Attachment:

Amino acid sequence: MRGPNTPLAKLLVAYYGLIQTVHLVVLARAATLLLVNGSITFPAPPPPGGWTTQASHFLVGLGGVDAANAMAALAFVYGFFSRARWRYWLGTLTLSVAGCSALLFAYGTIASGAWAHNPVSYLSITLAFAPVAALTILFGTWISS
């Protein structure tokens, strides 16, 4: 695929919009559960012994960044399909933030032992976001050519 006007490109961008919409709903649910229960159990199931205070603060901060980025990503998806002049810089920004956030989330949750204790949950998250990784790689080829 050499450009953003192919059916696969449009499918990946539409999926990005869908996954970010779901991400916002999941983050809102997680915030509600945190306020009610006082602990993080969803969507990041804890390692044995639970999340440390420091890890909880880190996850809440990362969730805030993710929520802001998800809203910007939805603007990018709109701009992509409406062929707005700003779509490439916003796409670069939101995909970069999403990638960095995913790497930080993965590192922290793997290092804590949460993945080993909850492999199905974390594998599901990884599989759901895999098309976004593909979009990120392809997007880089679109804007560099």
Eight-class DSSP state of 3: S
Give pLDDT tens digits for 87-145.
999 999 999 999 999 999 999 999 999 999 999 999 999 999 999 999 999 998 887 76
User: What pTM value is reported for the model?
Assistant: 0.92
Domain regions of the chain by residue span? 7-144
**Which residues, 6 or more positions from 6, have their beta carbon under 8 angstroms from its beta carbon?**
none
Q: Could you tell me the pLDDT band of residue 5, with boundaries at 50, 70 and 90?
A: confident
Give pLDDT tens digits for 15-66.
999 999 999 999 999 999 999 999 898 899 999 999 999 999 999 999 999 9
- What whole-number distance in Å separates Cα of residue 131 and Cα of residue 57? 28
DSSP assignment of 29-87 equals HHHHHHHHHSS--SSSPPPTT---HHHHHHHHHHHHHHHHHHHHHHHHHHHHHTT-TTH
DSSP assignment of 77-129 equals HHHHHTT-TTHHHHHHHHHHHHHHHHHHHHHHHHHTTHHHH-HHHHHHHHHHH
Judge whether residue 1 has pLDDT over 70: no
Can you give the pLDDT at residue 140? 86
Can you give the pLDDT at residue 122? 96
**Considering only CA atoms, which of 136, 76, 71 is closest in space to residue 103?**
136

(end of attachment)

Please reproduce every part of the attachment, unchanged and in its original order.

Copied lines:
Amino acid sequence: MRGPNTPLAKLLVAYYGLIQTVHLVVLARAATLLLVNGSITFPAPPPPGGWTTQASHFLVGLGGVDAANAMAALAFVYGFFSRARWRYWLGTLTLSVAGCSALLFAYGTIASGAWAHNPVSYLSITLAFAPVAALTILFGTWISS
């Protein structure tokens, strides 16, 4: 695929919009559960012994960044399909933030032992976001050519 006007490109961008919409709903649910229960159990199931205070603060901060980025990503998806002049810089920004956030989330949750204790949950998250990784790689080829 050499450009953003192919059916696969449009499918990946539409999926990005869908996954970010779901991400916002999941983050809102997680915030509600945190306020009610006082602990993080969803969507990041804890390692044995639970999340440390420091890890909880880190996850809440990362969730805030993710929520802001998800809203910007939805603007990018709109701009992509409406062929707005700003779509490439916003796409670069939101995909970069999403990638960095995913790497930080993965590192922290793997290092804590949460993945080993909850492999199905974390594998599901990884599989759901895999098309976004593909979009990120392809997007880089679109804007560099």
Eight-class DSSP state of 3: S
Give pLDDT tens digits for 87-145.
999 999 999 999 999 999 999 999 999 999 999 999 999 999 999 999 999 998 887 76
User: What pTM value is reported for the model?
Assistant: 0.92
Domain regions of the chain by residue span? 7-144
**Which residues, 6 or more positions from 6, have their beta carbon under 8 angstroms from its beta carbon?**
none
Q: Could you tell me the pLDDT band of residue 5, with boundaries at 50, 70 and 90?
A: confident
Give pLDDT tens digits for 15-66.
999 999 999 999 999 999 999 999 898 899 999 999 999 999 999 999 999 9
- What whole-number distance in Å separates Cα of residue 131 and Cα of residue 57? 28
DSSP assignment of 29-87 equals HHHHHHHHHSS--SSSPPPTT---HHHHHHHHHHHHHHHHHHHHHHHHHHHHHTT-TTH
DSSP assignment of 77-129 equals HHHHHTT-TTHHHHHHHHHHHHHHHHHHHHHHHHHTTHHHH-HHHHHHHHHHH
Judge whether residue 1 has pLDDT over 70: no
Can you give the pLDDT at residue 140? 86
Can you give the pLDDT at residue 122? 96
**Considering only CA atoms, which of 136, 76, 71 is closest in space to residue 103?**
136